Na Tolu is an artist collective that aims to understand and revive Indigenous making practices for the here and now. Be part of this journey through this hands-on masi making workshop.
In this workshop, the members of Na Tolu —Joana Monolagi, Daren Kamali and Ole Maiava — will demonstrate a series of masi (Fijian tapa cloth) making techniques using modern materials and innovative processes that reflect traditional ways of making.
Workshop participants will explore three techniques to create small samples and combine these into a large scale collaborative piece.
All materials will be provided. Suitable for all ages, participants under 12 need to be accompanied by a guardian.
This free event requires registration. This listing is for the masi making workshop taking place from 1pm – 2.30pm. Another workshop will be held from 10am – 11.30am, also on Saturday 25 February. Register for the morning session here.
This event is taking place alongside the exhibition The Ulumate Project by Na Tolu.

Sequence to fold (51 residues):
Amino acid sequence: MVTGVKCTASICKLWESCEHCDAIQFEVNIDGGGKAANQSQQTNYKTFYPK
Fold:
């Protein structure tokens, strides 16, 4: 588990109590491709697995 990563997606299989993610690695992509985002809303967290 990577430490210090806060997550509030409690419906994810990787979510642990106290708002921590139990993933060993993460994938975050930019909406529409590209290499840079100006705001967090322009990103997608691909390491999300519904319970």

Na Tolu is Joana Monolagi, Daren Kamali and Ole Maiava.
Joana Monolagi has been creating Fijian arts for about 20 years. She was born in the town of Ba, Viti Levu, Fiji, moved to Aotearoa New Zealand in 1978, and now lives in Pakuranga. Monolagi enjoys working with arts from her Fijian heritage such as masi (Fijian barkcloth) printing, creating Fijian costumes, teaching meke (dance) and telling Fijian stories.
Daren Kamali and Ole Maiava are multi-media artists, working together on the revival, research and making of modern-day ulu cavu. They formed the (UN)Registered Savages of Aotearoa in 2015. They have been working on the making of contemporary ulumate, through research and collaboration with iTaukei artists and researchers in Aotearoa, Fiji and the world.